"Euro-Visions" invites Thai artists to express their feelings about Europe and about the world we're living in - it's historical roots, current influences and future.

Following the success of the "Alter Ego" Thai-European Union art project in 1999, which paired 13 Thai and 13 European artists in artistic collaborations, "Euro-Visions" continues the process of exploring the "other self'and other cultures.

This time, 21 Thai artists have been invited to share their impressions of Europe. Most of these artists have participated in a variety of artistic exchanges with EU countries, or have traveled there independently as tourists during the past three years. Three younger artists who have never visited Europe have been asked to participate and express their views of Europe, which have been largely instilled through local education, media and imagination.

By exploring the thoughts and emotions of Thai artists in relation with their European experiences, it is likely and natural that cultural differences and similarities are examined and addressed. Through analysis, criticism, and discussion about art in "Euro-visions", it is hoped that mutual understanding between cultures will be enhanced.

"Euro-Visions" sees the range of personal and artistic experiences expressed in both indoor and outdoor spaces through various media including painting, sculpture, graphic arts, installations, photography, textiles, performance, fashion and music.
When Thai students begin to study art at school, the curriculum makes many references to Western Art. European art is lauded and for many Thai artists, the idea of being an artist in Europe is a Utopia.

The first generation of Thai artists traveled to Italy in the fifties. The second generation learned from the first and obtained experience in Expressionism and painting. Later, the art world became more open - no more "isms" - just individual artists working in individual ways.

Times change, views change, and today's experience is different.

Nowadays Thai artists have more opportunity to travel. Although it is still considered Utopia for Thai artists to go to Europe and exhibit their work there, much has changed over the last 30 years. Today, instead of trying to follow the gilded yet worn path of European art, Thai artists are creating work seen through Thai eyes and with a Thai perspective.

In the Thai art world, the much-debated phenomenon of globalisation can be viewed as having a positive effect, in that there is no longer an alleged supremacy of European art over Thai culture. European artists today are fascinated with Asia. They are eager to absorb its cultures, philosophies and traditions and to interpret and assimilate them in their own works. The exchange is no longer "one way". There is real and fruifful exchange of ideas among people around the world.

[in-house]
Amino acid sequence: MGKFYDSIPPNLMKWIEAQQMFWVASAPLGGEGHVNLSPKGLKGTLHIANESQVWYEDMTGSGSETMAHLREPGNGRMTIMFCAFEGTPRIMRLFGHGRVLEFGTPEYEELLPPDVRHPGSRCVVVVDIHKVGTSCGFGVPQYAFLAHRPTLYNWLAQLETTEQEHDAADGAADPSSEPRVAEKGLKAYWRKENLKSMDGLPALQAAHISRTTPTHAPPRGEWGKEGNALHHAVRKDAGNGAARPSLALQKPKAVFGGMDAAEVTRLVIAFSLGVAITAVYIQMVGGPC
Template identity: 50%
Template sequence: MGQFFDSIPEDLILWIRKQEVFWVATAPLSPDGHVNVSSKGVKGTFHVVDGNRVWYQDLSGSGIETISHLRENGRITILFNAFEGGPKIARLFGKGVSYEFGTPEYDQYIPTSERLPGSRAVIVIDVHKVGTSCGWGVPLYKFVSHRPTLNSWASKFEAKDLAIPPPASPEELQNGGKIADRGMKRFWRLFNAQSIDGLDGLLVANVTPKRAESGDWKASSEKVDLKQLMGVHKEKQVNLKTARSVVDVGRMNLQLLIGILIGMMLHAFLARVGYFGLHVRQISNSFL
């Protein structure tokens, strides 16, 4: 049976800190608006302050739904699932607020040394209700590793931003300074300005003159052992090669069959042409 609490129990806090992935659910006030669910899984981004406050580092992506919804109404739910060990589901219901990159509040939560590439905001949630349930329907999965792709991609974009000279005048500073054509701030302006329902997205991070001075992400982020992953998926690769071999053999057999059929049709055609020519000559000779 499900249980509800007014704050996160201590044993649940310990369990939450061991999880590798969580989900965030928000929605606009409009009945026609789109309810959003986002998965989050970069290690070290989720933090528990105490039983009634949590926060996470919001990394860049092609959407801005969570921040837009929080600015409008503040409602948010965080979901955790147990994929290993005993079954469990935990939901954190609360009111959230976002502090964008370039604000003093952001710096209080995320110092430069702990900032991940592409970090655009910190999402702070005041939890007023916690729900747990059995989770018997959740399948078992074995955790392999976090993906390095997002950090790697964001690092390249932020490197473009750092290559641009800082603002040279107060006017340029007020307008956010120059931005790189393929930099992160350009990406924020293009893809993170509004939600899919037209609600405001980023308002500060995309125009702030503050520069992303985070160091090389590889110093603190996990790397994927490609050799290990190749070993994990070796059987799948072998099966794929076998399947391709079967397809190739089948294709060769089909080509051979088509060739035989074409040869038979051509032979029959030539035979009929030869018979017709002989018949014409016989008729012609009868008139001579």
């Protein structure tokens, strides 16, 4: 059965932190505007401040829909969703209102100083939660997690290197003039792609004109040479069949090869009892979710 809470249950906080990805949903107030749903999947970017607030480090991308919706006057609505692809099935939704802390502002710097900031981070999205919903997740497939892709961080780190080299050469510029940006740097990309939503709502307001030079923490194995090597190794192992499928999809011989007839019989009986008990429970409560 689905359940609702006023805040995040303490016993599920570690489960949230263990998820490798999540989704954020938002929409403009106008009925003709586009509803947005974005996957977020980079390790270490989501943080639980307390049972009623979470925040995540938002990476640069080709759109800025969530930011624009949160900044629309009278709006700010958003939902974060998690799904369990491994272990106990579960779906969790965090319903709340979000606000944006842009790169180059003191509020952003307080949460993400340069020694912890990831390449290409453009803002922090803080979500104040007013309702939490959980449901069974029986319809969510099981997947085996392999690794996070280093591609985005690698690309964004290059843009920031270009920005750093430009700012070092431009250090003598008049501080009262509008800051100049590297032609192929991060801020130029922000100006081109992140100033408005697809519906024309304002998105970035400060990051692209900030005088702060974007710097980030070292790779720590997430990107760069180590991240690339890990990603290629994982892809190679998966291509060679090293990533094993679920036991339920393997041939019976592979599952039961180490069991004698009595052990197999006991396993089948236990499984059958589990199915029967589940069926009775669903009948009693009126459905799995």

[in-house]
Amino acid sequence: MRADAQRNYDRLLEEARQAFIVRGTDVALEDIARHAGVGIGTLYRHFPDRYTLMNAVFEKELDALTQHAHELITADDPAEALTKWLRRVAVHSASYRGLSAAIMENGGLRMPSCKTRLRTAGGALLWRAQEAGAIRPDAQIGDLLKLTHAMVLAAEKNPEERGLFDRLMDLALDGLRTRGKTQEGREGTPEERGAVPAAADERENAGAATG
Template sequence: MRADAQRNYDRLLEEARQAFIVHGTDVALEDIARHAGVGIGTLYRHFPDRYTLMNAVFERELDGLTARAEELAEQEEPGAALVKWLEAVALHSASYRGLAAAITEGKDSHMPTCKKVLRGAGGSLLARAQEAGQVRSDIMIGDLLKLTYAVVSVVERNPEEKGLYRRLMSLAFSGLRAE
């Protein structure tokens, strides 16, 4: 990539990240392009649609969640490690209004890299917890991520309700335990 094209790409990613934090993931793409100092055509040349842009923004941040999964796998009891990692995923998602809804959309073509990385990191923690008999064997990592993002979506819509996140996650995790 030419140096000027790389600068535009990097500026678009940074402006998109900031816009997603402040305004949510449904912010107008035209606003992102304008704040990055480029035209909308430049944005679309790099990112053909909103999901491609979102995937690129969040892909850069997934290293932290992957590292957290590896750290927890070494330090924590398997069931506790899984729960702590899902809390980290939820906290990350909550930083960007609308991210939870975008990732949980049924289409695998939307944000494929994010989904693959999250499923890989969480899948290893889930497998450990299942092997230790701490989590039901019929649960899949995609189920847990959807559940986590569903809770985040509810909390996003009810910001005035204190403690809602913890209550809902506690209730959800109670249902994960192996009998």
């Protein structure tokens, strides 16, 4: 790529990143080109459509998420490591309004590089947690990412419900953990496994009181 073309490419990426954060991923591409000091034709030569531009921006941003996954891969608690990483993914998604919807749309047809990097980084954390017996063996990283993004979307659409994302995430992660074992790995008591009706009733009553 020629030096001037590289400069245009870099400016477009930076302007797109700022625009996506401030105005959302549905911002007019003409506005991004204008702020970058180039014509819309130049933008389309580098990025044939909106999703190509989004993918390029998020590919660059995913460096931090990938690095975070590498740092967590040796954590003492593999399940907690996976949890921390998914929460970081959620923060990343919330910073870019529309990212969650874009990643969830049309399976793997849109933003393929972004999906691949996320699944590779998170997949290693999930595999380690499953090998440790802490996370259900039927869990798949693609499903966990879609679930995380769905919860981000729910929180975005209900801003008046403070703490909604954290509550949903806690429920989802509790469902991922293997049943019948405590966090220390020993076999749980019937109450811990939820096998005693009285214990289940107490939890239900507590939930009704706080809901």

"Euro-Visions" presents these different directions and experiences yet had the concept been conceived ten years ago many of the artists could not have taken part as few had been to Europe, or
even out of Thailand.
A recent exhibition of contemporary Thai art in Stockholm drew a large crowd of people who were perhaps expecting work in a single vein. Many however
were no doubt pleasantly surprised to discover the breadth and scope of work on display as well as the manner in which many artists had successfully collaborated.

"Euro-Visions" shows that Thai art is more fashionable, more flexible and more fun than possibly expected. Yet you will also see how serious the artists are in this medium. Thai artists have learnt how to 'speak' the language of art with a'Thai accent'. While never shying entirely away from the European model, their ideas are rooted in local materials, indigenous concepts, Buddhist perspectives and traditional styles. The participants are capable of constructing their own vocabulary, rooted from local materials, indigenous concepts, Buddhist perspectives and traditional styles incorporating with the knowledge of western format through artistic expressions.

Having entered into the new millenium, we find ourselves swimming in an ever-widening and deepening sea of information. Tourism, economic growth and the E-revolution have resulted in people around the world being bombarded with a dizzying array of new influences and experiences. Yet how can we identify who influences who? Getting away from the 'I talk, you listen'* model, "Euro-Visions" sets out to reconfigure communication between developed and developing worlds and to practice a dialogue of equals.

Themes raised by artists taking part in "Euro-Visions" range from globalisation and the import and export of influences to raising questions about the fundamental tenets of Western philosophy and reexamining the history and memories of Europe.

"Euro-Visions" features a number of dynamic approaches from participating artists. There are many levels of 'talking back'. Some seem to engage directly with European points of view, and critique them openly. While others tackle the core philosophy of European thought by using their own vocabulary, through either a traditional or conceptual approach. Meanwhile some refer directly to the artists'experiences of Europe, in various manners ranging from the straightforward, humorous, satirical, bitter, and sweet yet engaging. Their responses reinforce the notion that the European model is not an out-of-reach Utopia, perhaps not even a Utopia at all. Instead, it's something that's more accessible, and approachable. Meanwhile, and more importantly, we are able to experience, communicate, and critique, as well as appreciate each other.